Analyzing the Data of Five Clinical Trials in Schizophrenia
Here, it is examined whether the dichotomized BPRS score (1 = clinically relevant change on the BPRS at the end of the treatment; 0 = no clinically relevant change at the end of the treatment) is an appropriate surrogate for the dichotomized PANSS score (1 = clinically relevant change on PANSS at the end of the treatment; 0 = no clinically relevant change at the end of the treatment) using the data of the five clinical trials in schizophrenia (for details, see Section 2.2.2). The data of only five trials were available, which is insufficient to use clinical trial as the cluster-level unit (see Section 4.4). In the different trials, information was also available regarding the psychiatrists who treated the patients. Hence, treating physician was used as the clustering unit in the analysis below.
After the Surrogate package and the Schizo dataset are loaded in memory (see Section 13.1), the function FixedBinBinIT() is called to conduct the analysis. Different models can be fitted (see Table 13.3). By means of illustration, a full weighted model is requested here:
> Schizo_BinBin <- FixedBinBinIT(Dataset = Schizo,
Surr = BPRS_Bin, True = PANSS_Bin, Treat = Treat,
Model = "Full", Weighted = TRUE, Trial.ID = InvestId,
Pat.ID = Id, Seed = 1) # Seed used for reproducibility
Applying the summary () function to the fitted object Schizo_BinBin provides the following output:
# Generated output:
FixedBinBinIT(Dataset = Schizo, Surr = BPRS_Bin,
Surrogate package. Overview of the functions that can be used to evaluate surrogacy in the information-theoretic framework when both S and T are binary endpoints.
Note. The indicator (. . .) refers to a number of required function arguments; for details see Section 13. f.
True = PANSS_Bin, Treat = Treat, Trial.ID = InvestId,
Pat.ID = Id, Model = "Full", Weighted = TRUE, Seed = 1)
# Data summary and descriptives
Total number of trials: 144
Total number of patients: 1988
M(SD) patients per trial: 13.8056 (10.1522) [min: 2; max: 52] Total number of patients in experimental treatment group: 1472
Total number of patients in control treatment group: 516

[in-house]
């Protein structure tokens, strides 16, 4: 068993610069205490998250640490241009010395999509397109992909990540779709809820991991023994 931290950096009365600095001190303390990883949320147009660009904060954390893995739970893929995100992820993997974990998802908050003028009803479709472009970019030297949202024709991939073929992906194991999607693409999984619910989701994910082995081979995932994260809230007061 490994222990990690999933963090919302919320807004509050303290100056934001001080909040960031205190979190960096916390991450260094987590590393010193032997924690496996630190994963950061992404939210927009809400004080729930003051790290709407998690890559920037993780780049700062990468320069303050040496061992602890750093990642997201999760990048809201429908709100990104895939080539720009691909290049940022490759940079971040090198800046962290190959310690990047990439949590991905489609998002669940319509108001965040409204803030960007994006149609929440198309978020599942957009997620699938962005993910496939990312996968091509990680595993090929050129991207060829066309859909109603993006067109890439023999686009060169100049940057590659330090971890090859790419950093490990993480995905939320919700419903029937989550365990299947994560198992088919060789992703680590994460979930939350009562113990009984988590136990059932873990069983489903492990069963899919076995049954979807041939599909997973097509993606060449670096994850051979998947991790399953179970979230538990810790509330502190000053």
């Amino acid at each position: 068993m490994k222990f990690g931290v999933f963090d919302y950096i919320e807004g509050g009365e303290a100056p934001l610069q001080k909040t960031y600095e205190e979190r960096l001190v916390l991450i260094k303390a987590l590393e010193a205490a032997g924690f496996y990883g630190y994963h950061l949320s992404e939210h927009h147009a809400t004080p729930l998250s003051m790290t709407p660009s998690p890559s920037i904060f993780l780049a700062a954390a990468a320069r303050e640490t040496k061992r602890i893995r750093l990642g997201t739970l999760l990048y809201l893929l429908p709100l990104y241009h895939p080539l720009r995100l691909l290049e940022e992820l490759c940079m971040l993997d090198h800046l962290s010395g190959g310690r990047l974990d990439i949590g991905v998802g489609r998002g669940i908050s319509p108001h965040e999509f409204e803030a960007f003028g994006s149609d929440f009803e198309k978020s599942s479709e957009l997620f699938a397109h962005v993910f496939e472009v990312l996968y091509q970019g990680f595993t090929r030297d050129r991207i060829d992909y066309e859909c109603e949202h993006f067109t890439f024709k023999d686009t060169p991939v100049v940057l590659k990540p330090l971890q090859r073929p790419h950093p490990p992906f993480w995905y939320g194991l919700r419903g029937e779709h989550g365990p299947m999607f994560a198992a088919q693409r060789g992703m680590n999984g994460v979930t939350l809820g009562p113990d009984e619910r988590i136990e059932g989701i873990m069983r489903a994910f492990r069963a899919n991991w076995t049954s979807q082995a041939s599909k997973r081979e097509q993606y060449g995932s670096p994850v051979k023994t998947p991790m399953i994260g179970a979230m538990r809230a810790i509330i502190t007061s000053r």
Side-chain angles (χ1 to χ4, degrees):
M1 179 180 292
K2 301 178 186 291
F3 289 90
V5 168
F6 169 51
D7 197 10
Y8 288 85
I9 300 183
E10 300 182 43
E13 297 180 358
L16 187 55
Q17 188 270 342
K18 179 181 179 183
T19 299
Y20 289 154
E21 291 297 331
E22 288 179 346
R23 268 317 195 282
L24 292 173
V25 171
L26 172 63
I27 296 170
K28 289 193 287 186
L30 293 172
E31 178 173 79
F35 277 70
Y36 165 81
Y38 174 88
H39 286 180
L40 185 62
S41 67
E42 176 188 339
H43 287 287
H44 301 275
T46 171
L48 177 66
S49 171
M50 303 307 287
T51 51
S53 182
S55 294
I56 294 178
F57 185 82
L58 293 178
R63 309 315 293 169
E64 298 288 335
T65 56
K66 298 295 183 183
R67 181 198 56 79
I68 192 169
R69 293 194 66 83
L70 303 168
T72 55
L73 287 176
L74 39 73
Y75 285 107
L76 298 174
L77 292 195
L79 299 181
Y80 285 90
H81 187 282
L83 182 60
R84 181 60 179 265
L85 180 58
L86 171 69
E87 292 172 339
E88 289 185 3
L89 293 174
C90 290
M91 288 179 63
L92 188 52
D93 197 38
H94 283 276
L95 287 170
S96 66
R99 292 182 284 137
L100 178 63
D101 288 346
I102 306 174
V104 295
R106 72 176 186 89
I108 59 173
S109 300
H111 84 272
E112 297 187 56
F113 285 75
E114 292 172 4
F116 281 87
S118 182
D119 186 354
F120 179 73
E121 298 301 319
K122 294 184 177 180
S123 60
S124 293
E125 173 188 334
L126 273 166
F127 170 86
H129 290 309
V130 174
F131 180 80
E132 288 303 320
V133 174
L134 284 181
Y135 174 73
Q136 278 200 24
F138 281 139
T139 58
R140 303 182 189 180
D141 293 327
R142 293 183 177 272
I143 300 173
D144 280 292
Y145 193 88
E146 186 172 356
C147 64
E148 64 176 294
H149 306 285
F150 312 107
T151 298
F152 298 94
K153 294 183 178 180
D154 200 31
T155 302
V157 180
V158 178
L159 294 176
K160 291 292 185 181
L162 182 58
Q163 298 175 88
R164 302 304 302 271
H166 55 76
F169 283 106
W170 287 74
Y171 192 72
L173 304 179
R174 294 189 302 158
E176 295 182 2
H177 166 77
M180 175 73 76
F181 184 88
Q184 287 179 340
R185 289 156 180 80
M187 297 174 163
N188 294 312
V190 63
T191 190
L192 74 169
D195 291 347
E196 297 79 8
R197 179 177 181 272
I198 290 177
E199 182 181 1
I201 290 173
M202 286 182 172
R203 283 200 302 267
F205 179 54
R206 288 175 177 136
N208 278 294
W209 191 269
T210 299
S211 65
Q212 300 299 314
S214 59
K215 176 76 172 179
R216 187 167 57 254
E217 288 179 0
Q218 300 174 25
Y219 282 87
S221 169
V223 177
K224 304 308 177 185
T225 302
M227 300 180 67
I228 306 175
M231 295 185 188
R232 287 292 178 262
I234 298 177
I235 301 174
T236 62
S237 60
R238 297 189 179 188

# Information-theoretic surrogacy estimates summary
Trial-level surrogacy (R2_ht):
R2ht CI lower limit CI upper limit 0.7414 0.6510 0.8155
Individual-level surrogacy (R2_h.ind):
R2h.ind CI lower limit CI upper limit 0.5392 0.5089 0.5688
The first part of the output shows descriptives like the number of trials in the data and the number of patients in the different treatment groups. Note that a total of 2128 patients participated in the five clinical trials, though the output shows that the data of only 1988 patients were actually included in the analyses.
The reason for this is that, prior to conducting the surrogacy analysis, data of patients who have a missing value for the surrogate and/or the true endpoint are excluded. In addition, the data of trials (or: clusters, treating physicians, . . . ) (i) in which only one type of the treatment was administered (i.e., all patients received the experimental treatment or all patients received the control treatment), and (ii) in which either the surrogate or the true endpoint was a constant (i.e., all patients within a trial had exactly the same surrogate and/or true endpoint value) are excluded because trial-specific treatment effects cannot be estimated in such trials (clusters). The subset of the dataset that was included in the analysis can be obtained by using the Schizo_BinBin$Data.Analyze command.
The second part of the output provides the estimates of trial- and individual-level surrogacy. The Rt = 0.7414 with 95% confidence interval
[0.6510; 0.8155], indicating that the uncertainty about the treatment effect on T = clinically relevant change on the PANSS that is reduced when the treatment effect on S = clinically relevant change on the BPRS becomes known (trial-level surrogacy) is relatively high. The individual-level surrogacy estimate equaled Rhindiv = 0.5392 with 95% confidence interval [0.5089; 0.5688] (see also the results in Section 10.7). These results thus indicate that the uncertainty about T that is reduced when S becomes known (individual-level surrogacy) is moderate. Overall, it can be concluded that clinically relevant change on the BPRS is a moderately good surrogate for clinically relevant change on the PANSS.
The results can be further graphically explored by applying the plot() function to the fitted Schizo_BinBin object. For example, a plot of the individual-level surrogacy estimates for each cluster can be obtained using the command:
# Plot of individual-level surrogacy (per cluster)
> plot(Schizo_BinBin, Indiv.Level.By.Trial = TRUE,
Trial.Level = FALSE)
# Generated output:
The figure shows the individual-level surrogacy estimates Rhindiv per cluster (treating physician). As can be seen, there was substantial variability in the point estimates for Rhind across clusters. Nonetheless, the 95% confidence intervals largely overlapped, indicating that the individual-level surrogacy estimates were of similar magnitude across trials.